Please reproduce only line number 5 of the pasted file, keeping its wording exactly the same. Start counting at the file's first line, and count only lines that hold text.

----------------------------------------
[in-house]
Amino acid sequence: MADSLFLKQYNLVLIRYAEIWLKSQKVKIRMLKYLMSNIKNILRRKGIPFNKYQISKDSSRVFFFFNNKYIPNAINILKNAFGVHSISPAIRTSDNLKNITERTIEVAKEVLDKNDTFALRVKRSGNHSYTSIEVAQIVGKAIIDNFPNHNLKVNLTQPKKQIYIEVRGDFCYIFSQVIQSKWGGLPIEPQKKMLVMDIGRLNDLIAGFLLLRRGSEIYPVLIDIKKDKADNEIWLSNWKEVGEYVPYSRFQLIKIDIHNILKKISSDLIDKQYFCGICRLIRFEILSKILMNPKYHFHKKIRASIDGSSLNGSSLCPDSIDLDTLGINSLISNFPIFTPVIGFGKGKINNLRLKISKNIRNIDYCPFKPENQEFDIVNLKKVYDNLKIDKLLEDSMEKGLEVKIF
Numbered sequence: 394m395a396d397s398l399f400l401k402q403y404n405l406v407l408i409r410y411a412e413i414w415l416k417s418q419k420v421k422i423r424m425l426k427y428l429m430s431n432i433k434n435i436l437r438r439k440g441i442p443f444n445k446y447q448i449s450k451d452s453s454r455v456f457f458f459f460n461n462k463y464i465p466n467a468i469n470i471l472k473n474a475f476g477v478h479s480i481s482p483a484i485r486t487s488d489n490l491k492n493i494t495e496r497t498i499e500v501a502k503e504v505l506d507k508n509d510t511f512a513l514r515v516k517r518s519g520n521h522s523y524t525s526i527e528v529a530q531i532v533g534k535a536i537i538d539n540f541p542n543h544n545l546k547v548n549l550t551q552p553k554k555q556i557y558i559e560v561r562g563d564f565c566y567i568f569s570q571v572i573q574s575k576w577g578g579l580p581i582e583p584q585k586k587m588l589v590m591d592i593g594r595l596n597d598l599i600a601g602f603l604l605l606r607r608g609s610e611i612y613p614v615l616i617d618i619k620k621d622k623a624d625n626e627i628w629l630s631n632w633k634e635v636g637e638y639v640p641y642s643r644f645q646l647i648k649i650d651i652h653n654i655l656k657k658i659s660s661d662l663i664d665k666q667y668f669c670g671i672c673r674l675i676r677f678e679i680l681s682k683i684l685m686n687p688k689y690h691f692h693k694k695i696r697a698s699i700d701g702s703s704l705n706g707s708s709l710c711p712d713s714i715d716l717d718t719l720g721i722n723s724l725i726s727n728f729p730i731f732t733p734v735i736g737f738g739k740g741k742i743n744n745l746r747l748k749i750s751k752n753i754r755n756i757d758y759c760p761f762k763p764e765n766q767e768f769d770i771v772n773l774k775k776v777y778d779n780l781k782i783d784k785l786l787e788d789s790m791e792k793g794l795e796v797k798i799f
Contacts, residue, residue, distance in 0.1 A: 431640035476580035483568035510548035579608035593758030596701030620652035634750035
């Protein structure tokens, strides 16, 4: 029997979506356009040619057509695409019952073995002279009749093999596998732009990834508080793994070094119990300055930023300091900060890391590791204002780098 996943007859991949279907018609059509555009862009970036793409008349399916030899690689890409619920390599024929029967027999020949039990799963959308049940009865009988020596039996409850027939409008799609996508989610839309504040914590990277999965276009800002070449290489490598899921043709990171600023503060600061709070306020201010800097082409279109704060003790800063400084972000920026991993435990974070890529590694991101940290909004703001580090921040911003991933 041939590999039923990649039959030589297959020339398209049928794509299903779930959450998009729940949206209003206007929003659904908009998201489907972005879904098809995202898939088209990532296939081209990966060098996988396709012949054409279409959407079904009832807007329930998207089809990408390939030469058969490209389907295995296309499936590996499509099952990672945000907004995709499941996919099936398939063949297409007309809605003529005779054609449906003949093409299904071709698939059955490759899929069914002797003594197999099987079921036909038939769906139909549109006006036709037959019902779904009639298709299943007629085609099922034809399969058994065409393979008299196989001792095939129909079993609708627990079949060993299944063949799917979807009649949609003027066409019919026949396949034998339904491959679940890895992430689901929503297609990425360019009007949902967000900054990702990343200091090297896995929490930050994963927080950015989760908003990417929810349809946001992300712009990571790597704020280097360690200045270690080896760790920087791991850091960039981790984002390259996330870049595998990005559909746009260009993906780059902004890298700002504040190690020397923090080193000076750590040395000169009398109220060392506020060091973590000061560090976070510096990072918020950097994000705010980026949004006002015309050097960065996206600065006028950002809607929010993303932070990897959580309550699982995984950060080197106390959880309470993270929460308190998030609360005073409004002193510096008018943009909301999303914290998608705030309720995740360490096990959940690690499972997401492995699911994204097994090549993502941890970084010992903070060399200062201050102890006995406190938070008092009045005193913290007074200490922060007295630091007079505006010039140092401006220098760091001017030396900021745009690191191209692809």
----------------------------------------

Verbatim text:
């Protein structure tokens, strides 16, 4: 029997979506356009040619057509695409019952073995002279009749093999596998732009990834508080793994070094119990300055930023300091900060890391590791204002780098 996943007859991949279907018609059509555009862009970036793409008349399916030899690689890409619920390599024929029967027999020949039990799963959308049940009865009988020596039996409850027939409008799609996508989610839309504040914590990277999965276009800002070449290489490598899921043709990171600023503060600061709070306020201010800097082409279109704060003790800063400084972000920026991993435990974070890529590694991101940290909004703001580090921040911003991933 041939590999039923990649039959030589297959020339398209049928794509299903779930959450998009729940949206209003206007929003659904908009998201489907972005879904098809995202898939088209990532296939081209990966060098996988396709012949054409279409959407079904009832807007329930998207089809990408390939030469058969490209389907295995296309499936590996499509099952990672945000907004995709499941996919099936398939063949297409007309809605003529005779054609449906003949093409299904071709698939059955490759899929069914002797003594197999099987079921036909038939769906139909549109006006036709037959019902779904009639298709299943007629085609099922034809399969058994065409393979008299196989001792095939129909079993609708627990079949060993299944063949799917979807009649949609003027066409019919026949396949034998339904491959679940890895992430689901929503297609990425360019009007949902967000900054990702990343200091090297896995929490930050994963927080950015989760908003990417929810349809946001992300712009990571790597704020280097360690200045270690080896760790920087791991850091960039981790984002390259996330870049595998990005559909746009260009993906780059902004890298700002504040190690020397923090080193000076750590040395000169009398109220060392506020060091973590000061560090976070510096990072918020950097994000705010980026949004006002015309050097960065996206600065006028950002809607929010993303932070990897959580309550699982995984950060080197106390959880309470993270929460308190998030609360005073409004002193510096008018943009909301999303914290998608705030309720995740360490096990959940690690499972997401492995699911994204097994090549993502941890970084010992903070060399200062201050102890006995406190938070008092009045005193913290007074200490922060007295630091007079505006010039140092401006220098760091001017030396900021745009690191191209692809």